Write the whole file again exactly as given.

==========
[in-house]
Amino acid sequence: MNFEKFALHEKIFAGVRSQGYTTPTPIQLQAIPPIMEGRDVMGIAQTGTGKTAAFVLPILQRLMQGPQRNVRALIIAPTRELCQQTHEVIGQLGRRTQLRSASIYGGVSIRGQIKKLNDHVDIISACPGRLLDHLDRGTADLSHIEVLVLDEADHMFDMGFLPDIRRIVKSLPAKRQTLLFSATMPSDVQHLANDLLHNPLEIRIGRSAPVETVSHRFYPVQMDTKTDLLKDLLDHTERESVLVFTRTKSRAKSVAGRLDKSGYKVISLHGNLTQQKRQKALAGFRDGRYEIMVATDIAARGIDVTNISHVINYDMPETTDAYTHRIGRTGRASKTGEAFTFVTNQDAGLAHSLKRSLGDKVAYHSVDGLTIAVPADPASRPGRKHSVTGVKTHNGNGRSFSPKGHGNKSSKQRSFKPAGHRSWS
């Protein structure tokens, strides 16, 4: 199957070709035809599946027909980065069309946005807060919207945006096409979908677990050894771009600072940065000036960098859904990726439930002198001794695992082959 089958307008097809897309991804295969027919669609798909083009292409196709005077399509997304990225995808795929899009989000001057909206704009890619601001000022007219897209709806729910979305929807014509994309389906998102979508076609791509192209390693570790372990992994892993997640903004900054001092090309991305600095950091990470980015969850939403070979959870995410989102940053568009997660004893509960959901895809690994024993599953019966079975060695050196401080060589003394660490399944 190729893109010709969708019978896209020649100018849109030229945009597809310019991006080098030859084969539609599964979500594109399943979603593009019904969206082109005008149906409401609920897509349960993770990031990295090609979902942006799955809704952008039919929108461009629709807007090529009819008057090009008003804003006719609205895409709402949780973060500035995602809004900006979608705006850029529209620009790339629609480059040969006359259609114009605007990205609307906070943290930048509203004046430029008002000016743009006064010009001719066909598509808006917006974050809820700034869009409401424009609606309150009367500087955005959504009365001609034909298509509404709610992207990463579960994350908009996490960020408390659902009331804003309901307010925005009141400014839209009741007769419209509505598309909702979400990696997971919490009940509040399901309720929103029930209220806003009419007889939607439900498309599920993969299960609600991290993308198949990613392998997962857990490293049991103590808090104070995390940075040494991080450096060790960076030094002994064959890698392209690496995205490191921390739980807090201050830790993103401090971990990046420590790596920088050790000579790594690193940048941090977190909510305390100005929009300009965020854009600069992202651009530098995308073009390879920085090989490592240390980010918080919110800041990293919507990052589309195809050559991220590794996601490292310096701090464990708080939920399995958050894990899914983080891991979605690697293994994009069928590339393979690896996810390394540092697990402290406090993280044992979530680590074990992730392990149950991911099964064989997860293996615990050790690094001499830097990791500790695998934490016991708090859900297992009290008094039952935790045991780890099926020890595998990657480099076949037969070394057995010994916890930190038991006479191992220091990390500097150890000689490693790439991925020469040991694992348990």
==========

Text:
[in-house]
Amino acid sequence: MNFEKFALHEKIFAGVRSQGYTTPTPIQLQAIPPIMEGRDVMGIAQTGTGKTAAFVLPILQRLMQGPQRNVRALIIAPTRELCQQTHEVIGQLGRRTQLRSASIYGGVSIRGQIKKLNDHVDIISACPGRLLDHLDRGTADLSHIEVLVLDEADHMFDMGFLPDIRRIVKSLPAKRQTLLFSATMPSDVQHLANDLLHNPLEIRIGRSAPVETVSHRFYPVQMDTKTDLLKDLLDHTERESVLVFTRTKSRAKSVAGRLDKSGYKVISLHGNLTQQKRQKALAGFRDGRYEIMVATDIAARGIDVTNISHVINYDMPETTDAYTHRIGRTGRASKTGEAFTFVTNQDAGLAHSLKRSLGDKVAYHSVDGLTIAVPADPASRPGRKHSVTGVKTHNGNGRSFSPKGHGNKSSKQRSFKPAGHRSWS
């Protein structure tokens, strides 16, 4: 199957070709035809599946027909980065069309946005807060919207945006096409979908677990050894771009600072940065000036960098859904990726439930002198001794695992082959 089958307008097809897309991804295969027919669609798909083009292409196709005077399509997304990225995808795929899009989000001057909206704009890619601001000022007219897209709806729910979305929807014509994309389906998102979508076609791509192209390693570790372990992994892993997640903004900054001092090309991305600095950091990470980015969850939403070979959870995410989102940053568009997660004893509960959901895809690994024993599953019966079975060695050196401080060589003394660490399944 190729893109010709969708019978896209020649100018849109030229945009597809310019991006080098030859084969539609599964979500594109399943979603593009019904969206082109005008149906409401609920897509349960993770990031990295090609979902942006799955809704952008039919929108461009629709807007090529009819008057090009008003804003006719609205895409709402949780973060500035995602809004900006979608705006850029529209620009790339629609480059040969006359259609114009605007990205609307906070943290930048509203004046430029008002000016743009006064010009001719066909598509808006917006974050809820700034869009409401424009609606309150009367500087955005959504009365001609034909298509509404709610992207990463579960994350908009996490960020408390659902009331804003309901307010925005009141400014839209009741007769419209509505598309909702979400990696997971919490009940509040399901309720929103029930209220806003009419007889939607439900498309599920993969299960609600991290993308198949990613392998997962857990490293049991103590808090104070995390940075040494991080450096060790960076030094002994064959890698392209690496995205490191921390739980807090201050830790993103401090971990990046420590790596920088050790000579790594690193940048941090977190909510305390100005929009300009965020854009600069992202651009530098995308073009390879920085090989490592240390980010918080919110800041990293919507990052589309195809050559991220590794996601490292310096701090464990708080939920399995958050894990899914983080891991979605690697293994994009069928590339393979690896996810390394540092697990402290406090993280044992979530680590074990992730392990149950991911099964064989997860293996615990050790690094001499830097990791500790695998934490016991708090859900297992009290008094039952935790045991780890099926020890595998990657480099076949037969070394057995010994916890930190038991006479191992220091990390500097150890000689490693790439991925020469040991694992348990």